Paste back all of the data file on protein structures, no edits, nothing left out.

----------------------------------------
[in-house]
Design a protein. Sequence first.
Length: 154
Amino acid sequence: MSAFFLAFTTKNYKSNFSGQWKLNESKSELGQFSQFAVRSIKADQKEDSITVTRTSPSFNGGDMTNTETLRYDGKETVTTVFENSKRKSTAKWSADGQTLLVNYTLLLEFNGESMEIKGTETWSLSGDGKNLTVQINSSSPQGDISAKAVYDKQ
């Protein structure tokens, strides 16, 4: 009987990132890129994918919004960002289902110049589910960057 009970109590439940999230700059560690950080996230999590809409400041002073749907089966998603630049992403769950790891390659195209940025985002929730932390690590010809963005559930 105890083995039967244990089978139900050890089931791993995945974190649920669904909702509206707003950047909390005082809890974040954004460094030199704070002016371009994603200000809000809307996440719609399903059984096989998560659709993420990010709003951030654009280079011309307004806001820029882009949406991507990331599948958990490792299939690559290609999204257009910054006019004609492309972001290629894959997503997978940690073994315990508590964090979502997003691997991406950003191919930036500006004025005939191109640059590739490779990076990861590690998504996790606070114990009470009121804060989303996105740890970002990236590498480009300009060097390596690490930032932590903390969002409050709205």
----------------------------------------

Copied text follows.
[in-house]
Design a protein. Sequence first.
Length: 154
Amino acid sequence: MSAFFLAFTTKNYKSNFSGQWKLNESKSELGQFSQFAVRSIKADQKEDSITVTRTSPSFNGGDMTNTETLRYDGKETVTTVFENSKRKSTAKWSADGQTLLVNYTLLLEFNGESMEIKGTETWSLSGDGKNLTVQINSSSPQGDISAKAVYDKQ
């Protein structure tokens, strides 16, 4: 009987990132890129994918919004960002289902110049589910960057 009970109590439940999230700059560690950080996230999590809409400041002073749907089966998603630049992403769950790891390659195209940025985002929730932390690590010809963005559930 105890083995039967244990089978139900050890089931791993995945974190649920669904909702509206707003950047909390005082809890974040954004460094030199704070002016371009994603200000809000809307996440719609399903059984096989998560659709993420990010709003951030654009280079011309307004806001820029882009949406991507990331599948958990490792299939690559290609999204257009910054006019004609492309972001290629894959997503997978940690073994315990508590964090979502997003691997991406950003191919930036500006004025005939191109640059590739490779990076990861590690998504996790606070114990009470009121804060989303996105740890970002990236590498480009300009060097390596690490930032932590903390969002409050709205």